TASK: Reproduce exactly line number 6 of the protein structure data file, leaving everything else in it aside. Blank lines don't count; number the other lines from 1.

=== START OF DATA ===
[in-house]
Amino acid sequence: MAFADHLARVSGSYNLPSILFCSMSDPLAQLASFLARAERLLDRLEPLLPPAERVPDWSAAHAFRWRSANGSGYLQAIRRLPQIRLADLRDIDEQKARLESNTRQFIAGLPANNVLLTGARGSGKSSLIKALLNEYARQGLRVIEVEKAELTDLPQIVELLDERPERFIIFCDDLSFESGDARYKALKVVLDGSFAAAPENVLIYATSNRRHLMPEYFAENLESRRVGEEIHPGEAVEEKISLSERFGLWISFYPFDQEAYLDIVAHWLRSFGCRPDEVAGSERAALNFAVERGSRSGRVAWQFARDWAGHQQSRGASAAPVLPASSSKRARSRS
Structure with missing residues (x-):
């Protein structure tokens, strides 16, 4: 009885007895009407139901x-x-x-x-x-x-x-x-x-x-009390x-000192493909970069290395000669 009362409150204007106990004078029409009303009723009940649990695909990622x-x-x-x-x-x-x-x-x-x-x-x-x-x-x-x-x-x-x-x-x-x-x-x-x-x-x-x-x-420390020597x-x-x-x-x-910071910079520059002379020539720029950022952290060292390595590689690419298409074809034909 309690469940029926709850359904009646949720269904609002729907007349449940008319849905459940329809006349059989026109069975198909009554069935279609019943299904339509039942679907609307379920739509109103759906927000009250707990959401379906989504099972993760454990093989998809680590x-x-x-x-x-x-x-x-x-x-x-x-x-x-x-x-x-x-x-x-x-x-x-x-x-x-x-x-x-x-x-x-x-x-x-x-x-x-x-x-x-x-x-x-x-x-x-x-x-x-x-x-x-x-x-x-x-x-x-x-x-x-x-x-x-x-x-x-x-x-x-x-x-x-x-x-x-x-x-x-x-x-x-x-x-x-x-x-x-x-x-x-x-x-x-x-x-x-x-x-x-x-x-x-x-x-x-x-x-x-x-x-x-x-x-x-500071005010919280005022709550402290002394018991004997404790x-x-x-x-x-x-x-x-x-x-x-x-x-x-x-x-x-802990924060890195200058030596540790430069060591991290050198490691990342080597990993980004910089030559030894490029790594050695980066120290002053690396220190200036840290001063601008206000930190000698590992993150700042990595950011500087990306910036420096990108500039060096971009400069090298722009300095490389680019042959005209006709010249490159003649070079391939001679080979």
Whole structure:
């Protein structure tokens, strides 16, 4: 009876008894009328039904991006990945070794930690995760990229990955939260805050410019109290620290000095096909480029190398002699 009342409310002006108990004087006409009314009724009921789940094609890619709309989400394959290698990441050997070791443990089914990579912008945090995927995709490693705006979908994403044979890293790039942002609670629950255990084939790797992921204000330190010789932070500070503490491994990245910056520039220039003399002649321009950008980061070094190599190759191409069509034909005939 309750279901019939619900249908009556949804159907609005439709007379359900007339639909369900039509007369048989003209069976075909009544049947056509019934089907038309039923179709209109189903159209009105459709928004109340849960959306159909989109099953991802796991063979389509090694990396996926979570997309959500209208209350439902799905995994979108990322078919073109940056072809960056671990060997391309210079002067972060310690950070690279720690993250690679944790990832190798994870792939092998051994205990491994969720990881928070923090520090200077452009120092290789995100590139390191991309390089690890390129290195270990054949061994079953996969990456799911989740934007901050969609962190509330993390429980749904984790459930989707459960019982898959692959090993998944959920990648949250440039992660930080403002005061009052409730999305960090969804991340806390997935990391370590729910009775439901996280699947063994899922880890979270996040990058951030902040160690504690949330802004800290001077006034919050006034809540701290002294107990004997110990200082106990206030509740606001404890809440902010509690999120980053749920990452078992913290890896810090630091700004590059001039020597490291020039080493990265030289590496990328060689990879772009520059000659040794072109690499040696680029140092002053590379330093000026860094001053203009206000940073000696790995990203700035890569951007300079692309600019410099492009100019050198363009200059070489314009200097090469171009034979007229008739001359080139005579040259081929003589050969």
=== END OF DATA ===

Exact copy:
């Protein structure tokens, strides 16, 4: 009876008894009328039904991006990945070794930690995760990229990955939260805050410019109290620290000095096909480029190398002699 009342409310002006108990004087006409009314009724009921789940094609890619709309989400394959290698990441050997070791443990089914990579912008945090995927995709490693705006979908994403044979890293790039942002609670629950255990084939790797992921204000330190010789932070500070503490491994990245910056520039220039003399002649321009950008980061070094190599190759191409069509034909005939 309750279901019939619900249908009556949804159907609005439709007379359900007339639909369900039509007369048989003209069976075909009544049947056509019934089907038309039923179709209109189903159209009105459709928004109340849960959306159909989109099953991802796991063979389509090694990396996926979570997309959500209208209350439902799905995994979108990322078919073109940056072809960056671990060997391309210079002067972060310690950070690279720690993250690679944790990832190798994870792939092998051994205990491994969720990881928070923090520090200077452009120092290789995100590139390191991309390089690890390129290195270990054949061994079953996969990456799911989740934007901050969609962190509330993390429980749904984790459930989707459960019982898959692959090993998944959920990648949250440039992660930080403002005061009052409730999305960090969804991340806390997935990391370590729910009775439901996280699947063994899922880890979270996040990058951030902040160690504690949330802004800290001077006034919050006034809540701290002294107990004997110990200082106990206030509740606001404890809440902010509690999120980053749920990452078992913290890896810090630091700004590059001039020597490291020039080493990265030289590496990328060689990879772009520059000659040794072109690499040696680029140092002053590379330093000026860094001053203009206000940073000696790995990203700035890569951007300079692309600019410099492009100019050198363009200059070489314009200097090469171009034979007229008739001359080139005579040259081929003589050969």